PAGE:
Letter From Ground Zero: September 27, 2001
Of course there can be no such thing as a literal letter from ground zero—neither from the ground zeros of September 11 nor from the potential nuclear ground zero that is the origin of the expression. There are no letters from the beyond....

Letter From Ground Zero: October 4, 2001
On September 1, 1939, Hitler's armies rolled across the western border of Poland. On September 3, England and France declared war on Germany. But the two great powers, unable to intervene in strength in Poland, did not take action right away. A lull—"prolonged and oppressive," in Churchill's words—followed. The "phony war," as many called it, had begun....

Letter From Ground Zero: October 11, 2001
One month after September 11, ground zero—six blocks from where I live—remains unquiet. Inextinguishable subterranean fires belch smoke into the neighborhood, as if the ruin were an active volcano, spreading a stench whose source we do not care to think about. The global crisis set in motion by the attack has been active, too. In its fourth week, two major eruptions occurred: the beginning of the Anglo-American war on Afghanistan and the outbreak of anthrax in Florida....

Letter From Ground Zero: October 18, 2001
The horrors that have been sprung upon the world since September 11 have come with a rapidity that threatens to overwhelm the capacity of the imagination to respond, not to speak of the capacity of governments to frame policies that make sense.

Letter From Ground Zero: October 25, 2001
As the conflict that began on September 11 heads into its sixth week, two clouds of danger hang over its two battlefields, the United States and Afghanistan. In the United States the danger is bioterrorism, represented by the attacks on the news media and the federal government by means of anthrax sent in the mail. In Afghanistan it is starvation, which, according to the United Nations and private relief agencies, could claim hundreds of thousands, or even millions, of lives if the flow of international aid, now disrupted both by the war and by interference from the Taliban regime, is not dispatched into the country before the onset of winter...

Letter From Ground Zero: November 1, 2001
Hawk and dove agree: The war in Afghanistan is not going well. Hawks point to the resilience of the Taliban, which has "surprised" Rear Adm. John Stufflebeem by not collapsing yet. Doves point to the suffering of the civilian population, who face American bombing, Taliban repression and the prospect of mass starvation all at the same time. The problem goes deeper, however, than the unexpected toughness of the foe and stray bombs. It lies in an underlying contradiction in US policy....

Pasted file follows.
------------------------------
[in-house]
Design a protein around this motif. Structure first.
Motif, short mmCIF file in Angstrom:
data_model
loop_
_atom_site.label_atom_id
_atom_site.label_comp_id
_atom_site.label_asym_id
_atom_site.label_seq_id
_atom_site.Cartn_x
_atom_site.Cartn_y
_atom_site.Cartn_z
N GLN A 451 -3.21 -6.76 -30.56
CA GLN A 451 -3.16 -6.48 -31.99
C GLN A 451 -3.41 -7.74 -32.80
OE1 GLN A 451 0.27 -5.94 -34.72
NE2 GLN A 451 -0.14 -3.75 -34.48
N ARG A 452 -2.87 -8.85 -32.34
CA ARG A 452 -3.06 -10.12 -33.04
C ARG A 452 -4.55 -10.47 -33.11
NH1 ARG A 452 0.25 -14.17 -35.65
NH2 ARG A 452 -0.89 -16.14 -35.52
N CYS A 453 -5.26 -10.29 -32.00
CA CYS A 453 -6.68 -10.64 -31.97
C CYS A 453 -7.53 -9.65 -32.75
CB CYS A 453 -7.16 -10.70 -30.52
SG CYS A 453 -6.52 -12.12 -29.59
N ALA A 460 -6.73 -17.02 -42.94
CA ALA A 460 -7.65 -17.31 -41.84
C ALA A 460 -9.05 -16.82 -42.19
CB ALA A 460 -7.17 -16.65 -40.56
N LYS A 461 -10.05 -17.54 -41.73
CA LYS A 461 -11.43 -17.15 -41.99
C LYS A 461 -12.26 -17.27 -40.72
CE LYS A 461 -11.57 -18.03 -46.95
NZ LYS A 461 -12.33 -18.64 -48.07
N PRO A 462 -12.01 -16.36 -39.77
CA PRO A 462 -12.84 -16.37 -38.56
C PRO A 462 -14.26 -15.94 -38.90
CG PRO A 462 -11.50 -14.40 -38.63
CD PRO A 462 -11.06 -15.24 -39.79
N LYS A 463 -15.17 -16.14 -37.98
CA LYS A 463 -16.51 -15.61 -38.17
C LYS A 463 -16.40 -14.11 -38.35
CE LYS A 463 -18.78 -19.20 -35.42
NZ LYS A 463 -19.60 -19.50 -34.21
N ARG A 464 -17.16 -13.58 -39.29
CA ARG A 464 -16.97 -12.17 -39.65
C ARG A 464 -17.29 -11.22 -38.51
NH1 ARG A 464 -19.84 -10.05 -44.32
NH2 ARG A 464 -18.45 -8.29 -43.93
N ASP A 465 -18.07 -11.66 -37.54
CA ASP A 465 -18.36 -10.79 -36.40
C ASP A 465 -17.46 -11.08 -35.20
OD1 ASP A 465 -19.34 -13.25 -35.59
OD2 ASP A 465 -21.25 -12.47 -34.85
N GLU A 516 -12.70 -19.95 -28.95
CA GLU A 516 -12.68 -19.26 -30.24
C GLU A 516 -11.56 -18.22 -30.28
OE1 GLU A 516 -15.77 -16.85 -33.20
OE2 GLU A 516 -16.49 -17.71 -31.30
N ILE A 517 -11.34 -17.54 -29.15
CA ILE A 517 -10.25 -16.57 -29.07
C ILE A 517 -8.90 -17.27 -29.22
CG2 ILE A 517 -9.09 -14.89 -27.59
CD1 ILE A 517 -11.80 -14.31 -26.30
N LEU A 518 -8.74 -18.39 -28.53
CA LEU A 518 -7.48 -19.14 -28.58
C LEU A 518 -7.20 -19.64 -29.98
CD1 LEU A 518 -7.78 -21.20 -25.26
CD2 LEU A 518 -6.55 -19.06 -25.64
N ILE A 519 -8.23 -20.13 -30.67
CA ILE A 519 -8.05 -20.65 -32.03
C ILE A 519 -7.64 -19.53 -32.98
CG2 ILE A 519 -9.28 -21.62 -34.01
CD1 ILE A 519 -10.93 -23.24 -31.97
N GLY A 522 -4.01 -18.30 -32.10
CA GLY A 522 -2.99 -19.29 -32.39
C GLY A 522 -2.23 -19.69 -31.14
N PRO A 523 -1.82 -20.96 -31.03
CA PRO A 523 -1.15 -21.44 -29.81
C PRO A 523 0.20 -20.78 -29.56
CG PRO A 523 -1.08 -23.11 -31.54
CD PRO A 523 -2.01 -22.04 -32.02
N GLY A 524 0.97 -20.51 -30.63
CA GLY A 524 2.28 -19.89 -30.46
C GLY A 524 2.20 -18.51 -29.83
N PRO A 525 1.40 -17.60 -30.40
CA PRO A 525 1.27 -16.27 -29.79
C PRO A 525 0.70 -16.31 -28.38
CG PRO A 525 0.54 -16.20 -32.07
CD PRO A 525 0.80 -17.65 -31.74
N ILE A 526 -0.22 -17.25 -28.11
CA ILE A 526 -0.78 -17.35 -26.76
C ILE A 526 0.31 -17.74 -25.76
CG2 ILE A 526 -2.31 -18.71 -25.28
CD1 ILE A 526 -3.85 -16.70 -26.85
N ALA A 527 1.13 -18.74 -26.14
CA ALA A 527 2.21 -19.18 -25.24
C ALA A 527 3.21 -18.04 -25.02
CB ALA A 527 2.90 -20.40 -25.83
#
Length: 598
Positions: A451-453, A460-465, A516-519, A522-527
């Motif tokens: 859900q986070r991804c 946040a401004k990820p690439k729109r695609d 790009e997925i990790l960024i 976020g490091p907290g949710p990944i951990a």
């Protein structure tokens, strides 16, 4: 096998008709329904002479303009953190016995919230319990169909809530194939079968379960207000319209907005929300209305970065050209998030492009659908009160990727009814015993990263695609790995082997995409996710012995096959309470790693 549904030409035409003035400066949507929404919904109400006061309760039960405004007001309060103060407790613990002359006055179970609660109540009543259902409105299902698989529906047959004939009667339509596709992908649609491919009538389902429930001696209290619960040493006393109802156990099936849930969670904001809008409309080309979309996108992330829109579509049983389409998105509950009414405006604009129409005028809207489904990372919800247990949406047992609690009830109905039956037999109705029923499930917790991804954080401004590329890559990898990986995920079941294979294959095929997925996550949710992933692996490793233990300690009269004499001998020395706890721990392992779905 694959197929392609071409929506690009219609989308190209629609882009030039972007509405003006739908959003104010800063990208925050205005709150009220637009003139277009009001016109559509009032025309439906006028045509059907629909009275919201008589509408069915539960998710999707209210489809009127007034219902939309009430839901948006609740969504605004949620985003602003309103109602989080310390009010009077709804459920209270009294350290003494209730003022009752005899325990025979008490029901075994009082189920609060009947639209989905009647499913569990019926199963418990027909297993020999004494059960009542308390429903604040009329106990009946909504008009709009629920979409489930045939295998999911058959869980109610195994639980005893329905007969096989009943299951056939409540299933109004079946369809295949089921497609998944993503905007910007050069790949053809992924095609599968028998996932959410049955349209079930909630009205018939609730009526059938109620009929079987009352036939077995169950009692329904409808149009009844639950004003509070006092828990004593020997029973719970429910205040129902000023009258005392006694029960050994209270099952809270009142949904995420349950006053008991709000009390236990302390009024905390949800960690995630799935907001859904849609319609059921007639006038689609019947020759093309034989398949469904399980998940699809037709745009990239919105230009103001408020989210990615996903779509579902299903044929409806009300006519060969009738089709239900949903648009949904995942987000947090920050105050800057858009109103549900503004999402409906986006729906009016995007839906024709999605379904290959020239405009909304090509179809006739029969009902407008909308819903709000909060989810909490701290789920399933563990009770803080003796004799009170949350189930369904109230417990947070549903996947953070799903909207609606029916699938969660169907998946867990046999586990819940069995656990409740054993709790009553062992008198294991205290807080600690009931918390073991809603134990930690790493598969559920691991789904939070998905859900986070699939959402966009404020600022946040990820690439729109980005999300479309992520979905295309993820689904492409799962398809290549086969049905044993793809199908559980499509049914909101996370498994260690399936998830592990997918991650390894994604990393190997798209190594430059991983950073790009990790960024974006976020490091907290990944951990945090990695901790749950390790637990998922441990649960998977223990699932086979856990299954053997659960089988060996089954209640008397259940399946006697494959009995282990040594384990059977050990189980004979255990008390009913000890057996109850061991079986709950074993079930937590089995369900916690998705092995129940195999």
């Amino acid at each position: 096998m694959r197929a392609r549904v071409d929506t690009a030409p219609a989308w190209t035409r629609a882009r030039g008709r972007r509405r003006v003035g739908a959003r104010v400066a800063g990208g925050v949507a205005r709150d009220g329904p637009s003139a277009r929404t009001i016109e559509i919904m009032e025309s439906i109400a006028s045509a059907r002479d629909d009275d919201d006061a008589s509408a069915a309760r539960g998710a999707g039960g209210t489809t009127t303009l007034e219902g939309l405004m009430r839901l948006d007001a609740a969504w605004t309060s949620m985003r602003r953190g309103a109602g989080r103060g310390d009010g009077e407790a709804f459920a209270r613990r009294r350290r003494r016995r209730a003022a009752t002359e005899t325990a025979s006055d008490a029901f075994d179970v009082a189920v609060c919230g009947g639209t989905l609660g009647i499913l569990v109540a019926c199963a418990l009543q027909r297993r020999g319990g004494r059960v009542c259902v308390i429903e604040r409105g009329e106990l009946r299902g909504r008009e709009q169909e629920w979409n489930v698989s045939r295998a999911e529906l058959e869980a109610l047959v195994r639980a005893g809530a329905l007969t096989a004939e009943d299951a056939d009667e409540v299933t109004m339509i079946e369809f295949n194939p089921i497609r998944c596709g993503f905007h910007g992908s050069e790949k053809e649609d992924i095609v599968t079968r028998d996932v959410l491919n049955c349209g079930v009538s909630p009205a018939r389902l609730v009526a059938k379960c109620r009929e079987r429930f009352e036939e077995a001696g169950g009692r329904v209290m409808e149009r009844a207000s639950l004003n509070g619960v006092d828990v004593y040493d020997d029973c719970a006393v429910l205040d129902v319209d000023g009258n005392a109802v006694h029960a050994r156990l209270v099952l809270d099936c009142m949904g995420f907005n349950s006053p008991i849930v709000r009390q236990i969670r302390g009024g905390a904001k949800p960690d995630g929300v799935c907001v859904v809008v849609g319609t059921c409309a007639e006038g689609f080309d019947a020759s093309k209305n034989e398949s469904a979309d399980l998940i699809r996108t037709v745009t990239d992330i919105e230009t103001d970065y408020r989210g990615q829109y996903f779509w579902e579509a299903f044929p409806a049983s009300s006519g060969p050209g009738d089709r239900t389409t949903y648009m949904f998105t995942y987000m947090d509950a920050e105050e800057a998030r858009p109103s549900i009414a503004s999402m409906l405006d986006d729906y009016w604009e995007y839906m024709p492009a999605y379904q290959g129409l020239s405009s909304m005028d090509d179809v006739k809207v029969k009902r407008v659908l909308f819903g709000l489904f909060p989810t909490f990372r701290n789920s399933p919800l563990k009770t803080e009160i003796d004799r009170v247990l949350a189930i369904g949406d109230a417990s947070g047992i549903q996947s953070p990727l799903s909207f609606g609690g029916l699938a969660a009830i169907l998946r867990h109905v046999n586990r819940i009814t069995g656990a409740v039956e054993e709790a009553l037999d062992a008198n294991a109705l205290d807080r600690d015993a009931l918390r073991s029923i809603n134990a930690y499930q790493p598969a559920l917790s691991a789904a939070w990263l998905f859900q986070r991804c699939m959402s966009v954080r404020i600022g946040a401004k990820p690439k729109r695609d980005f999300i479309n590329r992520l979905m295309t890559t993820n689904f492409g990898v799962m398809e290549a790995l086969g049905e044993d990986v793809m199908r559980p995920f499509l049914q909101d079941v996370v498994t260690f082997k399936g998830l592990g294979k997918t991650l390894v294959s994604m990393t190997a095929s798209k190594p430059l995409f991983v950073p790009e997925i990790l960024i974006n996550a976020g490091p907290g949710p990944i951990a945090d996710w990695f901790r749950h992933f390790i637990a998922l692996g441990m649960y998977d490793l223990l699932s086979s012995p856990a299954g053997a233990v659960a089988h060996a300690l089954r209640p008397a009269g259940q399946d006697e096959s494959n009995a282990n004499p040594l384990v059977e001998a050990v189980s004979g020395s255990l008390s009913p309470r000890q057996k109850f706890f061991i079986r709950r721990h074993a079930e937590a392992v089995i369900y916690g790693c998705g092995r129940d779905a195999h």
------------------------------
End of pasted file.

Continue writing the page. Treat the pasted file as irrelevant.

Letter From Ground Zero: November 8, 2001
When I began this column after September 11, I chose to name it "Letter From Ground Zero" because it seemed to me that at the heart of the new darkness that had descended upon the world was the peril of annihilation posed by weapons of mass destruction, including, above all, nuclear weapons. The weapon of mass destruction that has actually been used, of course, has been "weaponized" anthrax—delivered, however, only in minuscule amounts. The world awaits the terrorists' decision whether to follow up these retail murders with mass murder....

Letter From Ground Zero: November 21, 2001
The sudden collapse of the Taliban in most of Afghanistan is one of those events that seem to have been designed by the fates to teach policy-makers and pundits humility. The collapse came, of course, as a surprise; but it was also something more: It arrived in the teeth of almost universal opinion that it was not possible so soon.... 

Letter From Ground Zero: December 6, 2001
"It is almost impossible even now to describe what actually happened in Europe on August 4, 1914," Hannah Arendt wrote in 1950, in words that also seem to apply, with uncanny aptness, to September 11, 2001. "The days before and the days after the first world war are separated not like the end of an old and the beginning of a new period but like the day before and the day after an explosion.... [That] explosion seems to have touched off a chain reaction in which we have been caught ever since and which nobody seems to be able to stop."